There is a very popular trend after incidents of mass violence to reach for an immediate explanation.
“They need to be able to think they can find out why such a thing has happened so that things can be done to try to prevent it from happening again,” says Dr. Sandy Simpson, chief of forensic psychiatry at the Centre for Addiction and Mental Health (CAMH).
Less than 24 hours after last weekend’s deadly mass shooting in Toronto that killed two people and injured 13 others, the family of the man responsible tried to put the pieces together.
In a statement, Faisal Hussain’s family said the 29-year-old struggled his entire life with “severe mental health challenges,” including depression and psychosis. The family briefly detailed their own struggle to get Hussain help, no doubt a familiar one for whose loved ones live with mental illnesses.
“While we did our best to seek help for him throughout his life of struggle and pain,” they wrote, “we could never imagine that this would be his devastating and destructive end.”
In the days that followed, reporters have picked through the details of Hussain’s life: the teacher he confided in almost a decade ago about wanting to kill someone, his affinity for replica handguns, and his belief, per a police source, that he was the Joker from the Batman movies.
But in cataloguing every detail about Hussain’s mental health, piece by piece, what risk is there in conflating mental health issues with violence?
“It’s sort of popular parlance, only a crazy person would do a thing like that,” explains Sherry Glied, dean of the Robert F. Wagner Graduate School of Public Service at New York University.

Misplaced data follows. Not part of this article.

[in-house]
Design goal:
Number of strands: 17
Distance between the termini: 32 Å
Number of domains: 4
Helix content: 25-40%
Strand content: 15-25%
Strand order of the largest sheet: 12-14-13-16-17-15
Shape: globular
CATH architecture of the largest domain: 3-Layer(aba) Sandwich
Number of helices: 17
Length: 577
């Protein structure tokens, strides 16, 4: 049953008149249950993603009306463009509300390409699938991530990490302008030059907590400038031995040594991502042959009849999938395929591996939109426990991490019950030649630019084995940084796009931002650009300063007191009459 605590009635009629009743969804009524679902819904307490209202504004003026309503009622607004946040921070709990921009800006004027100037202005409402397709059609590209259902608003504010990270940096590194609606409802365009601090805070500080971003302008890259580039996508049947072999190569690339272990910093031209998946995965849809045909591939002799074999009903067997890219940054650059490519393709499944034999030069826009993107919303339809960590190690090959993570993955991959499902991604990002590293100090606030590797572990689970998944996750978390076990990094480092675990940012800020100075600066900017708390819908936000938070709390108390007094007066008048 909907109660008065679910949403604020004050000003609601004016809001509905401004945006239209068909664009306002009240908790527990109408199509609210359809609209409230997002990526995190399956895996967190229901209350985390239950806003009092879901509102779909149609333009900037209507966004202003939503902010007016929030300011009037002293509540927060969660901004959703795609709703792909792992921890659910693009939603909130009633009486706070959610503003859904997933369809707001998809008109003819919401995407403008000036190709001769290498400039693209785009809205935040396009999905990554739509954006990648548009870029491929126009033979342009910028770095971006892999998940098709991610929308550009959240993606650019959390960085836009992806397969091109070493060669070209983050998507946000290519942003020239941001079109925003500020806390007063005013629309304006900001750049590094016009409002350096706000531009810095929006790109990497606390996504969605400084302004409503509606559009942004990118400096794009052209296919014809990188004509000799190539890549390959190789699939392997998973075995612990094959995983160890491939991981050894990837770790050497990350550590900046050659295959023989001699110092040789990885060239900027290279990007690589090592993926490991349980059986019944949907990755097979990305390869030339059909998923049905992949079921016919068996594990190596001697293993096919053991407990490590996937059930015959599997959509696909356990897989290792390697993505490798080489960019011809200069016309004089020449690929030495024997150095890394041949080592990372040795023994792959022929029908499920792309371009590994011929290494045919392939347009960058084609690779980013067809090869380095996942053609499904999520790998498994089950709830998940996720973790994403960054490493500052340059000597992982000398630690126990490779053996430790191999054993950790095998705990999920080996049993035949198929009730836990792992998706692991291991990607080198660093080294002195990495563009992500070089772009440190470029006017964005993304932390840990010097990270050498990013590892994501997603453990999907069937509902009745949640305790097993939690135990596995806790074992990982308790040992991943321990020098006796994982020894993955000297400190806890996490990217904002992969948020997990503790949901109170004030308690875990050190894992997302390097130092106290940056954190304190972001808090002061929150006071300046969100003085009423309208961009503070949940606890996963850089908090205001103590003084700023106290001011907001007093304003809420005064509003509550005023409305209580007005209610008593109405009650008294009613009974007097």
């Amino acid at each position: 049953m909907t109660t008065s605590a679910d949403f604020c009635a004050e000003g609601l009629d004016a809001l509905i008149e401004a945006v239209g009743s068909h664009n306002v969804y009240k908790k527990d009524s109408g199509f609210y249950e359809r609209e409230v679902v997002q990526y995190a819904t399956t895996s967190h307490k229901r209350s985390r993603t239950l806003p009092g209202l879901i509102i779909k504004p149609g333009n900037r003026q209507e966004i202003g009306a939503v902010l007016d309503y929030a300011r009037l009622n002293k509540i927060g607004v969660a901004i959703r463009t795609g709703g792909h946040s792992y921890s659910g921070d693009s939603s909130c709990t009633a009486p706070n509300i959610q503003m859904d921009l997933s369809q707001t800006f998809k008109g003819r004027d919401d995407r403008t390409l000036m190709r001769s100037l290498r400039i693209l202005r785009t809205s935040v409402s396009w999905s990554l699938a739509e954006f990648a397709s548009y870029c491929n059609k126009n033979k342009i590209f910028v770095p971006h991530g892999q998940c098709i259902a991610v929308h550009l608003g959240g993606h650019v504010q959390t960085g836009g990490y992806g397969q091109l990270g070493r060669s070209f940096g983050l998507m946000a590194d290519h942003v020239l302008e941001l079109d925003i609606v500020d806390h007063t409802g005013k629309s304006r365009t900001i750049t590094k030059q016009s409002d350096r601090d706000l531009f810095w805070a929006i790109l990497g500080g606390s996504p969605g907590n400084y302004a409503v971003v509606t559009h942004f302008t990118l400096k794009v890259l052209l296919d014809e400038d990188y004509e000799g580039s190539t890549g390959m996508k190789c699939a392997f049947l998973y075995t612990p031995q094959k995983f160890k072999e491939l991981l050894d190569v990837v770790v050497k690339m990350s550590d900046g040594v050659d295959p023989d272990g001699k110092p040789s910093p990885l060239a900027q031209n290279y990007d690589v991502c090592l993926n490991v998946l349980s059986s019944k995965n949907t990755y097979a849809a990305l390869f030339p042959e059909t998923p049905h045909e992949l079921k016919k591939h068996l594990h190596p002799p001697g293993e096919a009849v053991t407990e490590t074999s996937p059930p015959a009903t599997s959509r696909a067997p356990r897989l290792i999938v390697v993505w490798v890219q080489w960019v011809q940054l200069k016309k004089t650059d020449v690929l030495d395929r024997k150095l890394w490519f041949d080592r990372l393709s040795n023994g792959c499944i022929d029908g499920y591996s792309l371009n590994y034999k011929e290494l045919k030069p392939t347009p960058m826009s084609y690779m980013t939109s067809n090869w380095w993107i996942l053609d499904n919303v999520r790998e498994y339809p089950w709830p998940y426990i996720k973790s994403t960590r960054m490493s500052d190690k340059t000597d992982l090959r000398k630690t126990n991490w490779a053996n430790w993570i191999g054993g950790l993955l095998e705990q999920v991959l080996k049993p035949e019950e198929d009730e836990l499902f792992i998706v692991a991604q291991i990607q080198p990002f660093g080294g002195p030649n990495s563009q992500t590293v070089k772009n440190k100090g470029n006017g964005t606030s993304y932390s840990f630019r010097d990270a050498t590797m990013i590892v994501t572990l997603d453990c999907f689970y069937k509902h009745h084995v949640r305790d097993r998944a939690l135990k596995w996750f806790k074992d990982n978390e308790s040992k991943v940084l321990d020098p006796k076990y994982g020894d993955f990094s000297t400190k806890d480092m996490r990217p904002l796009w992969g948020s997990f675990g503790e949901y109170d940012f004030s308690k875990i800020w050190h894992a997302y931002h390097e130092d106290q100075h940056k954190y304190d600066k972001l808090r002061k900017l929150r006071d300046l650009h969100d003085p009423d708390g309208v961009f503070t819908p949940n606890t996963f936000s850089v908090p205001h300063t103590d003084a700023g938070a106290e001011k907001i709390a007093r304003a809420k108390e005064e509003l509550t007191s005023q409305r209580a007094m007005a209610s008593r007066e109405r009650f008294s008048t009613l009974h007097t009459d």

“That’s just the way we talk about these things.”
However, Glied says, mental health issues as an indicator of violent behaviour is not a helpful way to predict and prevent future violence.
That does not necessarily mean that there isn’t a link between mental illness and violence.
But the nuance of it too often gets lost in the stream of revelations following violent attacks. In studying homicides, researchers have found those who have a psychotic illness are four to five times more likely to be violent than the general population. But even then, Simpson notes, just five per cent of homicides can be attributed to serious mental illness.
“The journalist’s search for a mental illness explanation of aberrant acts will almost always succeed,” Glied wrote in that research paper. It’s a numbers game.
“If you’re looking through someone’s history because they’ve done something, the odds are they have a mental illness and that’s because the odds are that most people do,” she says.
Public conversations are starting to change, says Fardous Hosseiny, national director of research and public policy with the Canadian Mental Health Association.
“People are talking more about how we shouldn’t be making that link but that’s something that will not change overnight,” he says.
Hosseiny has been heartened this week to see people on social media push back at the idea that mental health is a predictor of violence. It’s a form of support, he says, when people pause and say, “Let’s wait until we know all the details before we make a conclusion… let’s not just link it to mental illness.”
That matters, Hosseiny says, because numerous wellness campaigns have worked doggedly over the years to encourage people to speak up about their mental health struggles, to get the help that they need. Narrow public discourse after a violent attack has the power to hamper those efforts.
People with mental illnesses might go back into hiding for fear of being judged and labelled and untreated mental illness only gets worse.
“We know that if you don’t treat a mild or moderate form of depression that it can become a severe form of depression and lead to crisis situations,” he concluded.